City of Minot v. Bjelland

Annotate this Case

452 N.W.2d 348 (1990)

CITY OF MINOT, North Dakota, Plaintiff and Appellee, v. Gary D. BJELLAND, Defendant and Appellant.

Cr. No. 890024.

Supreme Court of North Dakota.

March 1, 1990.

*349 Mark Ashley Flagstad (argued), Asst. State's Atty., Minot, for plaintiff and appellee.

Schoppert Law Firm, Minot, for defendant and appellant; argued by Thomas K. Schoppert.

GIERKE, Justice.

Gary Bjelland appeals from a judgment of conviction entered upon a jury verdict finding him guilty of driving while under the influence of intoxicating liquor. We affirm.

Bjelland's vehicle was stopped and he was arrested for driving under the influence. The arresting officer, in accordance with Section 29-05-31, N.D.C.C., issued a uniform traffic complaint and summons which listed the charged offense as:

"Drove under the Influence of an Intoxicating Beverage with a BAC at or greater than .10% in violation of N.D.C.C."

The uniform traffic summons and complaint also indicated that Bjelland was charged pursuant to Section 39-08-01, N.D.C.C., and Section 20-6(a)(18) of the Minot City Ordinances, which incorporates Section 39-08-01(1) and (2).

Bjelland was convicted in municipal court and appealed to county court. The City moved to amend the complaint in county court by striking the language referring to blood alcohol concentration. The motion was denied. The case proceeded to trial and the jury found Bjelland guilty of driving while under the influence.

Bjelland asserts on appeal that he was convicted of an offense other than the one with which he was charged. Specifically, he asserts that the complaint[1] charged him with a violation of Section 39-08-01(1)(a), N.D.C.C., the so-called "per se" statute, but that he was convicted under Section 39-08-01(1)(b), N.D.C.C., the "general" driving under the influence statute. Section 39-08-01 provides, in pertinent part:

"39-08-01. Persons under the influence of intoxicating liquor or any other drugs or substances not to operate vehiclePenalty. "1. A person may not drive or be in actual physical control of any vehicle upon a highway or upon public or private areas to which the public has a right of access for vehicular use in this state if any of the following apply: "a. That person has a blood alcohol concentration of at least ten one-hundredths of one percent by weight at the time of the performance of a chemical test within two hours after the driving. "b. That person is under the influence of intoxicating liquor."

Bjelland asserts that the language of the complaint charges only the "per se" violation of Section 39-08-01(1)(a), and that he therefore could not be convicted because the City presented no evidence of his blood alcohol concentration. In support of this argument, Bjelland relies upon his assertion that the complaint tracks the language of Section 39-08-01(1)(a). While it may be true that the last phrase of the charging language tracks subsection (1)(a), Bjelland ignores the fact that the first phrase of the complaint tracks the language of subsection (1)(b). It is not necessary to allege that the person drove while under the influence of intoxicating liquor to sustain a conviction *350 of the "per se" offense. The crime created by subsection (1)(a) is driving with a blood alcohol concentration of .10, without regard to its influence or effect upon the driver. Conversely, the crime created by subsection (1)(b) is driving while under the influence of intoxicating liquor, regardless of the driver's blood alcohol concentration. Violations of subsections (1)(a) and (1)(b) of Section 39-08-01 may be pleaded alternatively. See State v. Whitney, 377 N.W.2d 132, 133 (N.D.1985); State v. Kimball, 361 N.W.2d 601, 603 (N.D.1985).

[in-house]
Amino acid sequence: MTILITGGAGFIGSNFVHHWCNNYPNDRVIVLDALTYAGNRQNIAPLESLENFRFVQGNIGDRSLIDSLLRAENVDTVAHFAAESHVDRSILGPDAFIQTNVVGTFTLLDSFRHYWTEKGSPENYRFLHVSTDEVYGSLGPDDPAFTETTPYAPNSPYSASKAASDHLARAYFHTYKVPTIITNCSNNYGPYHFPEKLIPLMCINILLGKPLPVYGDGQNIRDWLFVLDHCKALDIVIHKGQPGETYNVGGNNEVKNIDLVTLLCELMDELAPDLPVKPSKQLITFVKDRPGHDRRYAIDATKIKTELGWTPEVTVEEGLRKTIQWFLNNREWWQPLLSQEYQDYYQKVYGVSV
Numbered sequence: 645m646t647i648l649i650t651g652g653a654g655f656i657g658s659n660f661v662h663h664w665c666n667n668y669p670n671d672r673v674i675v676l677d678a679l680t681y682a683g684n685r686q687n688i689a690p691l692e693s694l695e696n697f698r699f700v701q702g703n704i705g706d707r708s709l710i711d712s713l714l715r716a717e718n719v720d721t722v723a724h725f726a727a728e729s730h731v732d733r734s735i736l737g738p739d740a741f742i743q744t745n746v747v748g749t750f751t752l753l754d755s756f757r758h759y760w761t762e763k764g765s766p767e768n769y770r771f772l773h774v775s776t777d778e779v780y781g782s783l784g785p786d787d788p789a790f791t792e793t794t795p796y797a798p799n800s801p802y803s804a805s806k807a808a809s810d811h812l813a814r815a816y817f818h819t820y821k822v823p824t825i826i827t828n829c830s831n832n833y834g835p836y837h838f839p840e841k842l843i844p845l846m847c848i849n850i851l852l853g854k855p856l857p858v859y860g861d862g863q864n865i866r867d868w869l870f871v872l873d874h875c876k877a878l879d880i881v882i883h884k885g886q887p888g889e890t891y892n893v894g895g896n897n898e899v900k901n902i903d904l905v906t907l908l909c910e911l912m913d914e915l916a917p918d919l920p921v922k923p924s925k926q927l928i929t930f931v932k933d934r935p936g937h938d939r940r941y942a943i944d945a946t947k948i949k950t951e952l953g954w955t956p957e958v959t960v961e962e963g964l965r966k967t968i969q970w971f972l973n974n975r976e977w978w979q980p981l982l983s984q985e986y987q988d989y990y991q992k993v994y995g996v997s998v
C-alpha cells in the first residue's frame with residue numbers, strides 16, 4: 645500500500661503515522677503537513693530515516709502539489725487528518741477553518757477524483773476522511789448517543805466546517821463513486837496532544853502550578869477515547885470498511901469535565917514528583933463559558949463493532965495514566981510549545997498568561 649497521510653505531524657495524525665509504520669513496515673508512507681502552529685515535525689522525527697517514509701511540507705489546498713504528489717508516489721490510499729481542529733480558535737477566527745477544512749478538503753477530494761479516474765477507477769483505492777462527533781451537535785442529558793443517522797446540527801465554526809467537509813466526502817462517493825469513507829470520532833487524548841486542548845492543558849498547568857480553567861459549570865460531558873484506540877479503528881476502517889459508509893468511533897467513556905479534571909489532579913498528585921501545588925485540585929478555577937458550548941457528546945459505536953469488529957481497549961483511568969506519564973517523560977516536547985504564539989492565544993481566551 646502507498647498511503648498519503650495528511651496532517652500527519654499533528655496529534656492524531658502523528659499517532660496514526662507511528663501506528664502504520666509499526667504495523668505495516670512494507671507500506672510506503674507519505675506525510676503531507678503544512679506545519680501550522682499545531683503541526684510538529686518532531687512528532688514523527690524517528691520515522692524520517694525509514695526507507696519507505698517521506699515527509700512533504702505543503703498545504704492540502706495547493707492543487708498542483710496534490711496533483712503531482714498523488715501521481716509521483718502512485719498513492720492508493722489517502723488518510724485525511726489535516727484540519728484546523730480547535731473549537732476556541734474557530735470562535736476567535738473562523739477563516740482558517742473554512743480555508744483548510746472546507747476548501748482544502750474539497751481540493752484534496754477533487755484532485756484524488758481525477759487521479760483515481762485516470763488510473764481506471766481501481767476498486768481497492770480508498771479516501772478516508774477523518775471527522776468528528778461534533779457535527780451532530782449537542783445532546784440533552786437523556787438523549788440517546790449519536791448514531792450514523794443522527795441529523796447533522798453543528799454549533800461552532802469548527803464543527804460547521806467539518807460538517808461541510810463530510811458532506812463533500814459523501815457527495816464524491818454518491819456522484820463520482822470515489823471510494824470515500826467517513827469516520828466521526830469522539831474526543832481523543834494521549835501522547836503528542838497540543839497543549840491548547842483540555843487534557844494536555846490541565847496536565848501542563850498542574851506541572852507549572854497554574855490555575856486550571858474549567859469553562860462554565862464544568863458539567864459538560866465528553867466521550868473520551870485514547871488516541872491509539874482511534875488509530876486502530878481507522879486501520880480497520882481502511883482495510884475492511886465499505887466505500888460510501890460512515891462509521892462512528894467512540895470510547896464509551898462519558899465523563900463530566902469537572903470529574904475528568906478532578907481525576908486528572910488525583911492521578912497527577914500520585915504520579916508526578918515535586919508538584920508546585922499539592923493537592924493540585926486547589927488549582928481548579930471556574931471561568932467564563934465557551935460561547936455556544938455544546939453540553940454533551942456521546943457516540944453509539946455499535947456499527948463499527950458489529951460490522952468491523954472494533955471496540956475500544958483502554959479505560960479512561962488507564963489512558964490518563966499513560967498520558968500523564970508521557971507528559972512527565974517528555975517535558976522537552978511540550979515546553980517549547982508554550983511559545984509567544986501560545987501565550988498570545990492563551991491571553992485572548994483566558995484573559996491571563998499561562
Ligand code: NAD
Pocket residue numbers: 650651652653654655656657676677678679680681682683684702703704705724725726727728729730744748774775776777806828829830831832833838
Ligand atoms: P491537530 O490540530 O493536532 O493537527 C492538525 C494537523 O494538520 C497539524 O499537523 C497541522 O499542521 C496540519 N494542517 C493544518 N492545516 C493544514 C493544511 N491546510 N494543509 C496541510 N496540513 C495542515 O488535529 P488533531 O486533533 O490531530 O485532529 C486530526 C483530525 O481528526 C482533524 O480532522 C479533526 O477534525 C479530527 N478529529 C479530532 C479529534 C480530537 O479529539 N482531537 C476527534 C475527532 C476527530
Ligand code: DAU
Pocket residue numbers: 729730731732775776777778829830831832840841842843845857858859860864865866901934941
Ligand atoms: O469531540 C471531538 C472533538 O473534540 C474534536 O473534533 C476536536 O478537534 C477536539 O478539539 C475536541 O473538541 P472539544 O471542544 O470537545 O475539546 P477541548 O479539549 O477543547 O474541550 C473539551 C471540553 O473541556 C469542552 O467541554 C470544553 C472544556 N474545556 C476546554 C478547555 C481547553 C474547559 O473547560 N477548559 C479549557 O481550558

In order to sufficiently charge an offense, a complaint must contain a plain, concise, and definite written statement of the essential elements of the offense. See State v. Hersch, 445 N.W.2d 626, 629 (N.D. 1989); Rule 7(c), N.D.R.Crim.P. In considering the sufficiency of a criminal pleading, technicalities have been abolished and it is only necessary to plead an offense in its usually designated name in plain, ordinary language. State v. Jelliff, 251 N.W.2d 1, 6 (N.D.1977); State v. Medearis, 165 N.W.2d 688, 693 (N.D.1969). Bjelland does not assert that the complaint fails to plead essential elements of the general driving under the influence offense. The complaint contains a plain, concise, and definite written statement of the essential elements of driving under the influence, and pleads the offense in its usually designated name in plain, ordinary language.